NickfromWI

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Justin called it, Butch.

We know that as soon as the face closes, the hingewood breaks,
Hey, I never knew that. Cool!

Burnham, why was the trunk "thinned" with the saw? So that you're cutting through wood and not bark? Or was the saw just a hair too short?

love
nick
 

GASoline71

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Hey, I never knew that. Cool!

Burnham, why was the trunk "thinned" with the saw? So that you're cutting through wood and not bark? Or was the saw just a hair too short?

love
nick
Nick... my experience with big Doug Firs is that friggin' thick bark is a PITA. It makes the cuttin' a lot cleaner and easier to see your cuts when you remove it.

Gary
 

Magnus

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If the face is bigger as he has and even more it takes longer til the hinge break's. Here we cut max 1/4 of the tree diameter in the face.
Min. 3/4 in the back/falling cut.
It is a bit of perferance and how the felling area looks. Sometimes you don't want the hinge to break at all, some want it to jump of the stump, others want to cut the tree first then release the hinge and in this way prevent the tree from turning.
 

Burnham

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Hey, I never knew that. Cool!

Burnham, why was the trunk "thinned" with the saw? So that you're cutting through wood and not bark? Or was the saw just a hair too short?

love
nick
Nick... my experience with big Doug Firs is that friggin' thick bark is a PITA. It makes the cuttin' a lot cleaner and easier to see your cuts when you remove it.

Gary
Nick, what Gary says is correct, though not the whole story. The bark is heavily furrowed on these trees, and having a smooth surface to match cuts at is more visible and thus much easier.

Since mature Doug fir can have extremely thick bark, if one goes only on the matching of the flat and sloping cuts on the outer surface of the bark when forming the face, one can actually create a dutchman at the wood tissue before the cuts meet at the bark...usually this only happens if the bark is 4+ inches thick and/or the bar is just about the same length as the tree is wide, but it is a factor to consider.

Another issue is that the weight of a large saw doesn't get carried by the dogs as well in that bark, they tend to tear it out as you are starting the kerf...so cutting some of the looser outer portion off allows the dogs to work more effectively, easing the burden on the cutter.

All of these trees were standing dead, in a range of rot condition. The same issue with poor holding of the dogs, and consequently the saw, as with the bark exist with the rotten wood. If you have found you have a rind of rot with solid wood a few inches in, removing it helps the dogs bite better there too.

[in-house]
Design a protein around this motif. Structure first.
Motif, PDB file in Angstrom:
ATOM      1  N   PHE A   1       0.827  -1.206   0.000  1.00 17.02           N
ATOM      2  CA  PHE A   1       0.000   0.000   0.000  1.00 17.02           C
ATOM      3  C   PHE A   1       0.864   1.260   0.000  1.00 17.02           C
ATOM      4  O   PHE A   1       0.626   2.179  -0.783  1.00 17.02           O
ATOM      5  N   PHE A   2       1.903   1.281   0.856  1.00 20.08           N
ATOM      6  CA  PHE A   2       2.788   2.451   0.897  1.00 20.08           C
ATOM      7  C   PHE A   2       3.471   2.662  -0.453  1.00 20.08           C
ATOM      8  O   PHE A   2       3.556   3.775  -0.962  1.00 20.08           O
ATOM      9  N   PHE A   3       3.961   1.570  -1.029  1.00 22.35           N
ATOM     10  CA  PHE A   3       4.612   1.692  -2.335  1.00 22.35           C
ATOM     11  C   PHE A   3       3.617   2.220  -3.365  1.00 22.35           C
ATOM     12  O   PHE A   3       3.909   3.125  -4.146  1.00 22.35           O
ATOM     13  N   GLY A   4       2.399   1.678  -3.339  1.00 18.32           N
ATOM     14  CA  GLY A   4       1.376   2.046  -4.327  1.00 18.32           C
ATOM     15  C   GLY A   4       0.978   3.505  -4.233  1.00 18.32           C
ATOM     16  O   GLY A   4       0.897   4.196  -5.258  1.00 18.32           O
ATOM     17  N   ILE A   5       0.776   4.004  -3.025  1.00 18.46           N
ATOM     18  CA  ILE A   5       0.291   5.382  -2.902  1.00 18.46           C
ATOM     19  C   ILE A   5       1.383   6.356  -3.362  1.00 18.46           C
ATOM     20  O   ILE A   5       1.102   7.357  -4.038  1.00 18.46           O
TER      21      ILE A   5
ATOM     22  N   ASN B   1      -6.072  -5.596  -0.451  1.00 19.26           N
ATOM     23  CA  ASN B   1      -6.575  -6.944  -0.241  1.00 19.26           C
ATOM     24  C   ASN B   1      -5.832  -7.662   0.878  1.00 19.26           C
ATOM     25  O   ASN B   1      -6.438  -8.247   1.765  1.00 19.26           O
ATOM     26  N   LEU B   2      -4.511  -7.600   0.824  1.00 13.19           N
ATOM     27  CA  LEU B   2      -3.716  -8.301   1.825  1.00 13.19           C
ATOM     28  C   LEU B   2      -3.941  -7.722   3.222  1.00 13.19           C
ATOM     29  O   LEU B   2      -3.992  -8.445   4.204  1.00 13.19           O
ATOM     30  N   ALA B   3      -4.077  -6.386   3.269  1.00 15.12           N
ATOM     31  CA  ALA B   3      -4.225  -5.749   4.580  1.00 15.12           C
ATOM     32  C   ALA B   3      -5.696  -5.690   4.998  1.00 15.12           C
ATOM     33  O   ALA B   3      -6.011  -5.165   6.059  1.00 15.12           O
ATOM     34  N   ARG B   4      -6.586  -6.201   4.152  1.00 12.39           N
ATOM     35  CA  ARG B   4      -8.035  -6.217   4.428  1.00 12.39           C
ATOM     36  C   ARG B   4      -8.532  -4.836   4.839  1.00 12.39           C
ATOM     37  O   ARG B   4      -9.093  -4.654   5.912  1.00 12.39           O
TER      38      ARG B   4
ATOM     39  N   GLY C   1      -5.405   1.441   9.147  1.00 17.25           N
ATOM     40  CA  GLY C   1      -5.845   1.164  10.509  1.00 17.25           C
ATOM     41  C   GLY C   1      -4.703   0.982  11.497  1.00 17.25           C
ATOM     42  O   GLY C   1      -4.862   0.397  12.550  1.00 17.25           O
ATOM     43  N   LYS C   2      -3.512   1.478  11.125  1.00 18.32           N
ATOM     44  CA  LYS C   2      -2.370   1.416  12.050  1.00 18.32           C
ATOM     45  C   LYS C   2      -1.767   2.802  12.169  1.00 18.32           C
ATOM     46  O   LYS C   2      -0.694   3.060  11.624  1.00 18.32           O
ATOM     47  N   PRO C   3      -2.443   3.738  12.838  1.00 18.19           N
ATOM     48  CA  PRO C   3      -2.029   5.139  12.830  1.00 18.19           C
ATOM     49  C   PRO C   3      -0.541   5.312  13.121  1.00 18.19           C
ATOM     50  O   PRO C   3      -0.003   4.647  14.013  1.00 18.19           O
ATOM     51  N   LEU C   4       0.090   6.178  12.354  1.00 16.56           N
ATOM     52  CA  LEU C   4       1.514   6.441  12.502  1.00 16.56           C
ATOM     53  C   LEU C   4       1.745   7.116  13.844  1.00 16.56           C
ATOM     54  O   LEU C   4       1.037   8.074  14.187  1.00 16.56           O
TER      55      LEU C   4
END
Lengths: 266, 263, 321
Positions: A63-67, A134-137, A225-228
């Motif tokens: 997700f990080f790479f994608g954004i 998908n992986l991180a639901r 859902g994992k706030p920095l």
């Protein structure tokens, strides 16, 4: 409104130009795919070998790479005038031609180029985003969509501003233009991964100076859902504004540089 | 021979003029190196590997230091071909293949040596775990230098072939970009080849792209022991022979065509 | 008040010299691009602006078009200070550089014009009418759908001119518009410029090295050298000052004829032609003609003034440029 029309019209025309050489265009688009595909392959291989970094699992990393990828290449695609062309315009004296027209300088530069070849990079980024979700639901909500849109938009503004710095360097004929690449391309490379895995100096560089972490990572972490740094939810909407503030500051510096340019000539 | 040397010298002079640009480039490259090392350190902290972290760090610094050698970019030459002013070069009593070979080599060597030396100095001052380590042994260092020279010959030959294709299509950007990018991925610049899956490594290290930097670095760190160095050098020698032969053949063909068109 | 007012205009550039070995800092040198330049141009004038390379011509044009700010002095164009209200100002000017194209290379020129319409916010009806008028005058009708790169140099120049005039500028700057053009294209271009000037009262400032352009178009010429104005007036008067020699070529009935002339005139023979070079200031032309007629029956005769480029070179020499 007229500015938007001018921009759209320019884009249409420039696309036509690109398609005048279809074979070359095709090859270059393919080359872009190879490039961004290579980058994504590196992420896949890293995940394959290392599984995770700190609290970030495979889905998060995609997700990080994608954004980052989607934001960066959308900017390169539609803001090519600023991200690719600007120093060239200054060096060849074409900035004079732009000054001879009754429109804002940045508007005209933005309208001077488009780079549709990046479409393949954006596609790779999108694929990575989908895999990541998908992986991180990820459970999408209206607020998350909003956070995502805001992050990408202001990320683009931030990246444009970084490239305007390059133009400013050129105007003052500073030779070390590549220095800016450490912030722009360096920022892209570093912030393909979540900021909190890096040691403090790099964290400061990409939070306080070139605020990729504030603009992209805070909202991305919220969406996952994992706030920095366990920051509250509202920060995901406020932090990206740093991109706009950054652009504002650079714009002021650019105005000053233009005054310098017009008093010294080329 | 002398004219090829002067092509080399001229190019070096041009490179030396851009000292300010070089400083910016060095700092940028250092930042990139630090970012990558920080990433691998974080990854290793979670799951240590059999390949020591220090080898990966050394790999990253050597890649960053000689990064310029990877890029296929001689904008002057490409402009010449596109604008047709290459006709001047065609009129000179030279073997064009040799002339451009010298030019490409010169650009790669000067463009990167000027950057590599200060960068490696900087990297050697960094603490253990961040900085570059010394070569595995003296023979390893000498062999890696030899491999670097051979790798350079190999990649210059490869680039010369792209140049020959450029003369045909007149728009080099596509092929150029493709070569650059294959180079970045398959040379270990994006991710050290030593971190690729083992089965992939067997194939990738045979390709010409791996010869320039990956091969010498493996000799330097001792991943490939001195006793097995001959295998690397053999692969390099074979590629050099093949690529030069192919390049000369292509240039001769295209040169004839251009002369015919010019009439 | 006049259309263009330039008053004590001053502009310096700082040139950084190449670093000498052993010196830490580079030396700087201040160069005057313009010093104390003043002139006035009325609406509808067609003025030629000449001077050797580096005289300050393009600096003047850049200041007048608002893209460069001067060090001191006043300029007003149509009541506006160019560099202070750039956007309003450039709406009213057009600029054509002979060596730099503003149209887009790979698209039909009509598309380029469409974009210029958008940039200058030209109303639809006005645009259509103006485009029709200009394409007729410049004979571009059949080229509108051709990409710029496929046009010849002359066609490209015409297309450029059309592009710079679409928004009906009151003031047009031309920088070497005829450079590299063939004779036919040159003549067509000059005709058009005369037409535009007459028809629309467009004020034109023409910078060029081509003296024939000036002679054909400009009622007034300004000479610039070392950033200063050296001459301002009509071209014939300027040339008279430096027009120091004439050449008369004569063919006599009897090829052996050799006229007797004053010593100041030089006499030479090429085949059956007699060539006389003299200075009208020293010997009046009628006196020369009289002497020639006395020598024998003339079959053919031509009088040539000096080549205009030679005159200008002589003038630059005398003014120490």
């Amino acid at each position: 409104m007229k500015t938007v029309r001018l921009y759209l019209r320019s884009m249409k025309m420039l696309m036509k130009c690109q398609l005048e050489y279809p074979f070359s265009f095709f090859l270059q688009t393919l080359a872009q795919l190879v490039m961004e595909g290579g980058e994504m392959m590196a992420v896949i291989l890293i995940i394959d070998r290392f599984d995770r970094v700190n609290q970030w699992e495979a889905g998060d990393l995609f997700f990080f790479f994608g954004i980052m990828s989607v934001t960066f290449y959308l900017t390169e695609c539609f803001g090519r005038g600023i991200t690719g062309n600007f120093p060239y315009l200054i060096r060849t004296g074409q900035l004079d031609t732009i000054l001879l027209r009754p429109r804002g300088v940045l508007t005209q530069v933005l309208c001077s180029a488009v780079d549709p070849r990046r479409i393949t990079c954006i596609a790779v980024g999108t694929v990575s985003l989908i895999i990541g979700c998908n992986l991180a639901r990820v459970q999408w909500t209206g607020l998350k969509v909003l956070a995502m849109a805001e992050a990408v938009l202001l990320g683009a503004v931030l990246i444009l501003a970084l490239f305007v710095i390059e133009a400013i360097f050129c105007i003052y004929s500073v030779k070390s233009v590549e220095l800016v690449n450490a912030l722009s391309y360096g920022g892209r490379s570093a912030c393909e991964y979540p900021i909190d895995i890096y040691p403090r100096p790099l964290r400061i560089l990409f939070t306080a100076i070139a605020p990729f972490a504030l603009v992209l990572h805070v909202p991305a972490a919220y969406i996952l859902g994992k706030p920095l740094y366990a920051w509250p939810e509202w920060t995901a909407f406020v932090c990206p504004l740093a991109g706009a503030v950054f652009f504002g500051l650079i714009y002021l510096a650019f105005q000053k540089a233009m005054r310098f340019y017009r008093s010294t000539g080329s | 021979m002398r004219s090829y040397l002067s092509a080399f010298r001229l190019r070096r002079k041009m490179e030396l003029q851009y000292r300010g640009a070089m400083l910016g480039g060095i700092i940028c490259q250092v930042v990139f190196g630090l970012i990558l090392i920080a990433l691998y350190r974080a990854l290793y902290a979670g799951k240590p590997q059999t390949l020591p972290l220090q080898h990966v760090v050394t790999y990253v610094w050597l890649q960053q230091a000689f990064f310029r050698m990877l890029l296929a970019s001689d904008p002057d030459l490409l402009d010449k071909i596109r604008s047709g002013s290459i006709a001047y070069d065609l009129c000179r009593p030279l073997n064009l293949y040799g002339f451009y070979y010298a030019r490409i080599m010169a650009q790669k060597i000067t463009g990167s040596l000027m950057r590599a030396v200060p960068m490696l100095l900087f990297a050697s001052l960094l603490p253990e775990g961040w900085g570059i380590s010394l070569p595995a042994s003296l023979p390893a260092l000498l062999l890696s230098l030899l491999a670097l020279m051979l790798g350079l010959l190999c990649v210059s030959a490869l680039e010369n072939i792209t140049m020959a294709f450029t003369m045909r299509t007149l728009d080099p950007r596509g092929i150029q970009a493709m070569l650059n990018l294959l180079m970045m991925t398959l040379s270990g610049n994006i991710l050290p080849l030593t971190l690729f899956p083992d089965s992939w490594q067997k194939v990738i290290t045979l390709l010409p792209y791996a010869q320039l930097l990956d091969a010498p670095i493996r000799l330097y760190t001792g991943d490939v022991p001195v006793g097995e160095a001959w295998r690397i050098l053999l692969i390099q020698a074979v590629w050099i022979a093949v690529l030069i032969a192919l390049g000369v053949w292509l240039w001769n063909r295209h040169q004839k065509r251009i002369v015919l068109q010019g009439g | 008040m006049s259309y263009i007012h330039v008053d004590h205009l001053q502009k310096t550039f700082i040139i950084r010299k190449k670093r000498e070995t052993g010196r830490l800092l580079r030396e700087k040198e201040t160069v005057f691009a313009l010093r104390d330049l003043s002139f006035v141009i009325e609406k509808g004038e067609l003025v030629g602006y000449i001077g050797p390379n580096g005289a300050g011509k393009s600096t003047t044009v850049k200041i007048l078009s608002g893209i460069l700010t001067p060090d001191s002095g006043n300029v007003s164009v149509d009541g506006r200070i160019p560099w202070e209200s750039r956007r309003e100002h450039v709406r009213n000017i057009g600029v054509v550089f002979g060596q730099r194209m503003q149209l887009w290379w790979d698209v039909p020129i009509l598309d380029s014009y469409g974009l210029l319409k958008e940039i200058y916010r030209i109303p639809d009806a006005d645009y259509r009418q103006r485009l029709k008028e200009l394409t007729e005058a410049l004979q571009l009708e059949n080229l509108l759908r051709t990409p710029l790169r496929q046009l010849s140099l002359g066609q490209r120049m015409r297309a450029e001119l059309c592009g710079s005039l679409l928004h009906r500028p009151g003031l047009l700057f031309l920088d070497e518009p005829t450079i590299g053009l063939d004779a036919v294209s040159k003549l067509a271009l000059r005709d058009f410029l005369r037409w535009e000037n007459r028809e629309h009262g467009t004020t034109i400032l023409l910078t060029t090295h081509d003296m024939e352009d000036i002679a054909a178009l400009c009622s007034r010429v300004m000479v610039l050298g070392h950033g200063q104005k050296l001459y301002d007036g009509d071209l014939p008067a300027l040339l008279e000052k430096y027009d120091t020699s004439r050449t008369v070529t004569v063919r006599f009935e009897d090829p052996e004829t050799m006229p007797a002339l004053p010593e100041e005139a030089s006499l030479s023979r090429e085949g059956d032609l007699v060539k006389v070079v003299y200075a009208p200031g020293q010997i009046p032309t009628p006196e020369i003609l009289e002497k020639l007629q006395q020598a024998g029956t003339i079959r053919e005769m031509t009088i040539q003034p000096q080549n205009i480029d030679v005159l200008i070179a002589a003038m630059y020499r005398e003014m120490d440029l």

But perhaps the most important reason to cut off both thick bark and outer rot is to allow effective wedging. Wedges will not impart lift when pushing on either bark or rot. They need to be in solid wood to do their job well. By removing bark where the wedges will be used, you get best function of the wedges, and also get to use the whole length of them rather than being held back from further driving by bark thickness.

Finally, as you suggested, if your bar is just a few inches short rather than double cutting, just lop off several inches of bark to simplify the work. On steep ground this can become very important, rather than just a convenience. 3/4 or full wrap handles let you cut effectively from both sides of the tree, but if you can't reach up high enough from the downhill side to match the uphill cuts, you are screwed.
 

Burnham

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I'm far from an expert myself but unless you're production falling I fail to see how a face cut could be to big really unless ya took it to a ridiculous degree. Burnham or others anydrawbacks you know of from to big of a face cut? And I don't mean to deep but to steep. Clear as mud right.
Downsides that I have encountered are:

(1)With big wood you begin to end up with a very large chunk of wood to manhandle out of the face...sometimes boring vertically down through the wedge-shaped pie of wood to split it into two pieces is needed to make it more manageable. Here is one place that the Humbolt face offers an advantage. Consider the face cut technique Jerry B. shows so often in his High Climbers and Timber Fallers...designed soley to deal with the huge amounts of wood generated to make face cuts in the giants. You'd need a Cat to move traditionally formed face blocks, and even longer bars :O .

(2) Particularly when felling upslope, if you have a very wide opening the face does not close at all, leaving the tree still attached to the stump. Now there are times when this is desirable, and in arborist work you should consider this as a valuable technique. But if you then have to cut the log loose from the stump under any of the several binds that might now be in play, it can be a tricky job.